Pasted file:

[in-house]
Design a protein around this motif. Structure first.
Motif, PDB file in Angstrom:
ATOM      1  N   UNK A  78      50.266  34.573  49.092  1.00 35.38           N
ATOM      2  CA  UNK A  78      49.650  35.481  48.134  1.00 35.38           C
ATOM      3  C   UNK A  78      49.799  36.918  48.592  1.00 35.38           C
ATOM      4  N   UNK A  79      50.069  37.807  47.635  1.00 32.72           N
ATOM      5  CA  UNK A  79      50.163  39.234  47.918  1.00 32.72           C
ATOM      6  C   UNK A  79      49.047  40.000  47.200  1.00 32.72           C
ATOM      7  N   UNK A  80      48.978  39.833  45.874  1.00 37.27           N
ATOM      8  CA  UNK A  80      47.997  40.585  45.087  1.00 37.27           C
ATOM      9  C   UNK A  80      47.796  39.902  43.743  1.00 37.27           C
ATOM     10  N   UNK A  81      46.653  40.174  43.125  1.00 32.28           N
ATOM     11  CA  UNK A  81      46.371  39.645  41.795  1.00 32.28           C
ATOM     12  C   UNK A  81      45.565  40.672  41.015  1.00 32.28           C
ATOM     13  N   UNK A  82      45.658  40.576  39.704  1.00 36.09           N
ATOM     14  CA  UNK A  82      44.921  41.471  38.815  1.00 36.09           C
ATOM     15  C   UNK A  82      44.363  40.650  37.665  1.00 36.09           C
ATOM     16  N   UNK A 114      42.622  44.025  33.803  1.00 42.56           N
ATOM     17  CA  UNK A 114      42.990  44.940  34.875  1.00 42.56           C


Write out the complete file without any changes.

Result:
[in-house]
Design a protein around this motif. Structure first.
Motif, PDB file in Angstrom:
ATOM      1  N   UNK A  78      50.266  34.573  49.092  1.00 35.38           N
ATOM      2  CA  UNK A  78      49.650  35.481  48.134  1.00 35.38           C
ATOM      3  C   UNK A  78      49.799  36.918  48.592  1.00 35.38           C
ATOM      4  N   UNK A  79      50.069  37.807  47.635  1.00 32.72           N
ATOM      5  CA  UNK A  79      50.163  39.234  47.918  1.00 32.72           C
ATOM      6  C   UNK A  79      49.047  40.000  47.200  1.00 32.72           C
ATOM      7  N   UNK A  80      48.978  39.833  45.874  1.00 37.27           N
ATOM      8  CA  UNK A  80      47.997  40.585  45.087  1.00 37.27           C
ATOM      9  C   UNK A  80      47.796  39.902  43.743  1.00 37.27           C
ATOM     10  N   UNK A  81      46.653  40.174  43.125  1.00 32.28           N
ATOM     11  CA  UNK A  81      46.371  39.645  41.795  1.00 32.28           C
ATOM     12  C   UNK A  81      45.565  40.672  41.015  1.00 32.28           C
ATOM     13  N   UNK A  82      45.658  40.576  39.704  1.00 36.09           N
ATOM     14  CA  UNK A  82      44.921  41.471  38.815  1.00 36.09           C
ATOM     15  C   UNK A  82      44.363  40.650  37.665  1.00 36.09           C
ATOM     16  N   UNK A 114      42.622  44.025  33.803  1.00 42.56           N
ATOM     17  CA  UNK A 114      42.990  44.940  34.875  1.00 42.56           C